Vail Daily column: Build strength for ski season
Autumn’s in full swing, and snow enthusiasts are eagerly anticipating the cultish endeavor of improving ski fitness. Unfortunately to my detriment, I make no apologies about my feelings regarding the subject matter. Hear this — you must be good before you’re fancy. Ski conditioning programs are often too aggressive, even for the strongest skiers and riders.
All great skiers and riders developed their precise skills by spending many hours practicing on the hill. Marcel Hirscher didn’t become great at technical skiing from golfing or trail running. He is that good from years of exceptional dedication to the game of skiing. Although fitness is a mandatory component for the success of any skier or snowboarder, skills own the driver’s seat. The challenge is understanding the demands of skiing, and how to best exploit training to develop performance.
What is muscular strength?
The vast majority of activities that we participate in during the summer months rely mostly on cardiorespiratory performance, and muscular endurance — not muscular strength and power expression. For clarity, muscular strength is the productive application of force. Power, is specifically force divided by time. Here’s where we run into problems during traditional ski conditioning programs. Why are we performing highly involved, technically advanced power exercises, when we haven’t even addressed the foundation using strength exercises firsthand? Getting stronger through traditional strength exercises such as heavy, full-squats precedes advanced plyometric power training.
Strength acquisition improves power in and of itself for all, except those who are already incredibly strong. However, exercises such as plyometric box jumps, although useful for power development, don’t improve strength. Stated differently, strength exercises will promote power, but power exercises don’t develop strength. Most fit individuals don’t have the requisite strength base — especially after spending several months playing in the mountains via muscular endurance based activities that hinder strength development.
You read that correctly — as much as cycling and running develop muscular endurance, these activities don’t at all promote the development of muscular strength; endurance based activities undermine and negatively affect strength and power. After a season of cycling, it never made sense to me that we ought to program technical plyometric exercises that could lead to injury for people who don’t have adequate strength levels firsthand. Given that most skiers who participate in ski conditioning programs are often aged 35 and much older, we must exercise caution when programming power exercises.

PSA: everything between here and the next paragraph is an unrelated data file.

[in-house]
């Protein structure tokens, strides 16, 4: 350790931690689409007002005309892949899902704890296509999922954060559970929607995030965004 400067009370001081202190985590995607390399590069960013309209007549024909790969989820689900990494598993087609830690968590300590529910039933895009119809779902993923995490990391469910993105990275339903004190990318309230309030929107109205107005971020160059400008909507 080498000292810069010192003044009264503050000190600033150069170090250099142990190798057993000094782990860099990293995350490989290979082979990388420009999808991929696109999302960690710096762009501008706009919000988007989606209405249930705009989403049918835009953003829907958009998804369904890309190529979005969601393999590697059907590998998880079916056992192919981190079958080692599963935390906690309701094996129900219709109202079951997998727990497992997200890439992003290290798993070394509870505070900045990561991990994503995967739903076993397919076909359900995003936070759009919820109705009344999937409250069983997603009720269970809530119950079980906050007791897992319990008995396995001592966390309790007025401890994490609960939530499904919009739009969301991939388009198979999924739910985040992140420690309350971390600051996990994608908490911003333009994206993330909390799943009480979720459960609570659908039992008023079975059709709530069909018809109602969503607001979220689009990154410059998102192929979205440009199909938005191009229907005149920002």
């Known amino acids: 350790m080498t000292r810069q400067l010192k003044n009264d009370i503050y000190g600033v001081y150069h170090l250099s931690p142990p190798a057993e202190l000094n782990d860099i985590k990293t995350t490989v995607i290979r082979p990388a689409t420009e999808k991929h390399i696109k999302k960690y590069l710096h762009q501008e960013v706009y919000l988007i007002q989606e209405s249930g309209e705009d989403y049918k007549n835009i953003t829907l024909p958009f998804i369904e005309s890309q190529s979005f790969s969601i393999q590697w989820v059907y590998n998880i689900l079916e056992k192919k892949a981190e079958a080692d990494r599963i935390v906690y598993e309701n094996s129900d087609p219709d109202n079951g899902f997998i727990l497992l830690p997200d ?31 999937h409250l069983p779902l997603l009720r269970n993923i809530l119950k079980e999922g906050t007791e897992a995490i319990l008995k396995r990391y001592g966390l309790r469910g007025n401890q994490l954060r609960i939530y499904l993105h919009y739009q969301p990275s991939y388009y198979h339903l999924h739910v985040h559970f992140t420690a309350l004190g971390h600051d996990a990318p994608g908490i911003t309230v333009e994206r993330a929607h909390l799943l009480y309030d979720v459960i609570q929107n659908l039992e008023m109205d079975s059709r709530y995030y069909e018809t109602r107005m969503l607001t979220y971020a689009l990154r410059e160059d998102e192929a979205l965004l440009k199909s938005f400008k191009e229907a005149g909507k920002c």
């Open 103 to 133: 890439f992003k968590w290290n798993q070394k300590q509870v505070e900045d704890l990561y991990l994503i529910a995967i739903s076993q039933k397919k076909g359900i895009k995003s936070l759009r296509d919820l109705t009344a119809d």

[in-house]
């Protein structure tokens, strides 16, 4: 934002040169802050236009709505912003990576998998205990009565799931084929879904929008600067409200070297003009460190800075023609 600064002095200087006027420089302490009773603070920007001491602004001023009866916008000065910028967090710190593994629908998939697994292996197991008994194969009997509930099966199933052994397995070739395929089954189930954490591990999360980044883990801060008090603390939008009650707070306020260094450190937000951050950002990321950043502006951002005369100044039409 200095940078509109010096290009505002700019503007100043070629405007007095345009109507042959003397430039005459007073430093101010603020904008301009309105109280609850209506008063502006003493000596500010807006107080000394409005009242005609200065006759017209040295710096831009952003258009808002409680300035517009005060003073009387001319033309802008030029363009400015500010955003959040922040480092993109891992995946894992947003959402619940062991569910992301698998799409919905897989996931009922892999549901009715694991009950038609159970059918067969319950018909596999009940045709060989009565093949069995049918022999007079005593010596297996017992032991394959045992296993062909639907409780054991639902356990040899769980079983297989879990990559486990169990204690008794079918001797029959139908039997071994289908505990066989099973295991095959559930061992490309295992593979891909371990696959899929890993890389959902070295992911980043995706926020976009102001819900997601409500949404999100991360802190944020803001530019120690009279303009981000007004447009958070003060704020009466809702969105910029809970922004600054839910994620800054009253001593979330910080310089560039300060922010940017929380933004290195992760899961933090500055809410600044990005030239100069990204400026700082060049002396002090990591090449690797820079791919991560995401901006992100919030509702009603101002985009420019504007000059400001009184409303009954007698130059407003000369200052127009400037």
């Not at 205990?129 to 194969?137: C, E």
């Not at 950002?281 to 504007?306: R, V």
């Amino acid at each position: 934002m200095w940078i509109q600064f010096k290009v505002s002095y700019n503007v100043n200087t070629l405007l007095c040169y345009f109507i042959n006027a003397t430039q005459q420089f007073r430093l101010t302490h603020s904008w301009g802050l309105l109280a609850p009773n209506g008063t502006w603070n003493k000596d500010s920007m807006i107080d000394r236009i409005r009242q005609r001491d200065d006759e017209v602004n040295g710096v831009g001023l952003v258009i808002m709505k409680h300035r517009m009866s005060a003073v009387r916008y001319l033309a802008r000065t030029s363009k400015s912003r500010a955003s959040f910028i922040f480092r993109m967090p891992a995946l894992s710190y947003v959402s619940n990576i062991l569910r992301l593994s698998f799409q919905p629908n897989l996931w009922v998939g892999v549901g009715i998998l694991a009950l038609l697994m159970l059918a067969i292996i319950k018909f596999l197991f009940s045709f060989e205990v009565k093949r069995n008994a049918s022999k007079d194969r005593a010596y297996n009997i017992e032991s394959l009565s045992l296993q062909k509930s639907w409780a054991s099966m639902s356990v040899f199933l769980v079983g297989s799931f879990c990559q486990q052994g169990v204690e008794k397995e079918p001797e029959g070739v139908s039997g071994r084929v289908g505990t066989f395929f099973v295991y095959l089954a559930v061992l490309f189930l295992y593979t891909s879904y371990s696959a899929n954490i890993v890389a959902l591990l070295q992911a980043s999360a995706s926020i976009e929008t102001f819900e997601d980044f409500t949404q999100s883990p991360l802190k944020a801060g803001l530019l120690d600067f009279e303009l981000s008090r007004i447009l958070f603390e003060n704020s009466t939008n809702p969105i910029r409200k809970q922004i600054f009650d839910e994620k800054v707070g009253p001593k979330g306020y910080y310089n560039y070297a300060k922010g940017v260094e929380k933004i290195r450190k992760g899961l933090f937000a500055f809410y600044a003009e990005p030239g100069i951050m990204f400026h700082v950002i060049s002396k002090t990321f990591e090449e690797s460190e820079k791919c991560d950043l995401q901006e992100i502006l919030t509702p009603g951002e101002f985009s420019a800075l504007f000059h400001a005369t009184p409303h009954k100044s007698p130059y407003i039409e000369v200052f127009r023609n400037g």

To rub salt into the wound, skiing, contrary to popular belief, isn’t necessarily a power sport that requires quick, dynamic muscle contractions. What? Hear me out. Even though skiing technique, especially short radius turns, are dynamic and quick, the muscle contractions are not. During a turn, the muscles of the lower extremity don’t change length in a loaded posture; the muscles perform relatively statically in isometric positions.
Let’s examine a ski turn. The downhill leg is long, resisting high forces against the snow, but the leg isn’t changing length. The uphill leg while bent aggressively, isn’t bearing much, if any load at all — this is completely contrary to plyometric, quick activities. During turn transition, even though your old downhill leg flexes and the muscles shorten drastically and quickly, in correct skiing technique, you’re mostly unweighted during the transition. Extending during transition often puts the skier out of balance, and problems will persist.
High levels of muscular power isn’t required for successful skiing. Furthermore, just because skiing is mostly anaerobic, this doesn’t qualify the sport as a high power sport. One-hundred-meter sprinting is a high power sport. The lower extremity has to move so rapidly, with tremendous loaded force for the elite sprinter to outrun his competitors. Skiing isn’t necessarily like this — even in mogul skiing. Fine, maybe elite bumpers skiing fast zippers. How many of you that participate in ski conditioning programs are qualified as this type of skier? Skiing requires ample strength to resist the forces fighting against you throughout the turn.
I’m not saying that power isn’t a factor in skiing. Power expression to some degree is necessary in all sports. I’m suggesting that the ability to resist forces throughout the turn that affect the skier are better served by possessing decent strength. In my experience, skiers need reasonable, but not tremendous strength, and exceptional work capacity — the ability to maintain postural integrity and precision of skills in the presence of cumulative fatigue. Can you hold it together run, after run as fatigue sets in? Can you ski top to bottom without gassing out, while maintaining great precision? Stay tuned, next week I will discuss how it’s done.
Ryan Richards has a B.S. from Ohio University and is a certified strength and conditioning specialist through the National Strength and Conditioning Association. He is the personal trainer at the Sonnenalp Golf Club and the owner of R2HP, an athlete consulting and personal training company. Richards’ passion comes from overcoming childhood obesity and a T1-L3 spinal fusion. Contact him at r2hp.com and 970-401-0720.
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